Your workforce is your greatest asset, but managing employees in line with the law is no easy task, especially when you're time-poor or without in-house HR support.
Even for organisations who do benefit from internal HR help, as you grow, so too does the burden of managing an increased number of staff, which can put your in-house teams under enormous pressure.
So where do you turn for HR support?
Equip your business with a dedicated, legally-qualified HR professional
Ellis Whittam: Your HR management taken care of
There’s no escaping the inevitability of employee relations issues when you run a business or organisation, and this requires employers and HR managers to find smart ways of managing people-related challenges quickly and effectively, without inviting legal risk or spending a small fortune.
At Ellis Whittam, we help thousands of UK employers to alleviate their people pressures and ensure compliance with the law and best practice through unlimited, fixed-fee HR support.
More than just an HR helpline, each of our clients benefits from a small team of dedicated, legally-qualified HR and Employment Law Advisers for personalised, high-quality HR support tailored to your business or organisation. Known for the quality of our service and advice that rivals that of a traditional law firm, your adviser will take the time to get to know you, how you operate and the specific challenges you face and then use their extensive HR knowledge and expertise to help you achieve your preferred outcome, quickly.
Your named HR specialist will:
With access to simple, practical and personal support at any time, you can be confident that your HR matters are handled in full compliance with the law and best practice, and ensure the stability and productivity of your workforce.
Group HR Director, Cranswick
Why you might need us
We provide close HR support to thousands of organisations throughout the UK across a diverse range of sectors. Our clients range from small employers with fewer than 50 employees at a single location, through to large employers employing thousands of people at multiple sites around the UK. Each relies on our support for different reasons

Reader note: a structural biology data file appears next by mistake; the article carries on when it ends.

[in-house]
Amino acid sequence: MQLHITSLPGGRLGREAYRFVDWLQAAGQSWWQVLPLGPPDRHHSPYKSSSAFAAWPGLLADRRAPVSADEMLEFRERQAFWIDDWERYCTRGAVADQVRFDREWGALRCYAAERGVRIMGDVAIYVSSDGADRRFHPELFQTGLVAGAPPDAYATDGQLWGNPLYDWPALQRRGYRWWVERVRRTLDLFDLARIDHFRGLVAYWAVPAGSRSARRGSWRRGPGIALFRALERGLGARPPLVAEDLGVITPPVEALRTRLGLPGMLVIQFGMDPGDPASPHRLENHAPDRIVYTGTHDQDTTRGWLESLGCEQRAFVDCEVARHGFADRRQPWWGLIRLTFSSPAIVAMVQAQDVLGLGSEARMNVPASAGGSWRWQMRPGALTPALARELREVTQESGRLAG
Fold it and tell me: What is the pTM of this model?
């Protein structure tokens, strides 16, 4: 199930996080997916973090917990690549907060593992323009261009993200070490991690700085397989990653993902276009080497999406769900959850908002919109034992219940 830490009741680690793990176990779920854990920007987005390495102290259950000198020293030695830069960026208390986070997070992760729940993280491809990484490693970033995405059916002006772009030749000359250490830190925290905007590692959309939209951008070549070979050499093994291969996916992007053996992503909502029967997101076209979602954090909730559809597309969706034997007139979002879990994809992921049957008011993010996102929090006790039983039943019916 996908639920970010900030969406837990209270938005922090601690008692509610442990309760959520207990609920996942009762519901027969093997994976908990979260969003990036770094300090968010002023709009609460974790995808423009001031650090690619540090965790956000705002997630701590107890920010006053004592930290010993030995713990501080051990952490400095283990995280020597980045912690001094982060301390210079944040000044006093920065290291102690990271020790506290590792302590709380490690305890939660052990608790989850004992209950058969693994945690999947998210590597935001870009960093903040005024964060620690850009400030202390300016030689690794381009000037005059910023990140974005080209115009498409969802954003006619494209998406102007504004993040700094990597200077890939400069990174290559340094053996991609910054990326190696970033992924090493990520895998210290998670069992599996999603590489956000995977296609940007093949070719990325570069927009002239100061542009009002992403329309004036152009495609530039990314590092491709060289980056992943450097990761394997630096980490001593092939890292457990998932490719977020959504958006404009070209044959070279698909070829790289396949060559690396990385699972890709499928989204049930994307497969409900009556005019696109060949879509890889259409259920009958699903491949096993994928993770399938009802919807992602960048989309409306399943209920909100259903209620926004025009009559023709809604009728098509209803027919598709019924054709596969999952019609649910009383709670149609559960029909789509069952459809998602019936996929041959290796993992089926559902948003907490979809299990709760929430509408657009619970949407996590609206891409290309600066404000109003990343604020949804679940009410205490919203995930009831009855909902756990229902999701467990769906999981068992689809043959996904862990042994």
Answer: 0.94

Our high-quality, fixed-fee service might be the perfect solution if:
- You want practical help overcoming the complexities of employment law.
- You’re looking to protect your organisation against the rising threat of Employment Tribunal claims.
- You want to ensure you comply with the law, while still achieving your commercial objectives.
- You’re facing specific HR challenges that are affecting productivity, efficiency and morale.
- Your in-house resource is stretched or doesn’t have the necessary expertise to tackle particularly complex matters.
- You spend too much time dealing with day-to-day HR issues and want to free up time to focus on core business and strategy.
- You feel you’re not getting good value for money with your current HR company, and want faster, more commercial, more personalised support from a partner you can trust.
Whether you’re looking to fully outsource your HR function or just in need of expert HR help to take the pressure off your internal team, we can complement your current arrangements and contribute to the stability and growth of your organisation.
High-quality, fixed costs
Reluctant to spend a fortune in hourly legal fees, but frustrated by the generic HR advice and personalised service offered by some fixed-fee providers?
Ellis Whittam was born out of a genuine need for fixed-fee services that don’t compromise on quality.
With our unique service, you benefit from:
Since the beginning, our aim has been to challenge low-quality non-regulated providers of HR and Employment Law support services, by taking the quality standards of a leading law firm into the fixed-fee market. We believe that the value of saved time, saved costs, improved productivity and reduced risk is greater than the cost of our services, and this is reflected in our client satisfaction score of 94%.
Find out what PureGym had to say about our HR support
Our unique service has been developed to help you to prevent HR headaches before they arise, overcome issues quickly, and enable you to approach HR tasks with confidence on a daily basis.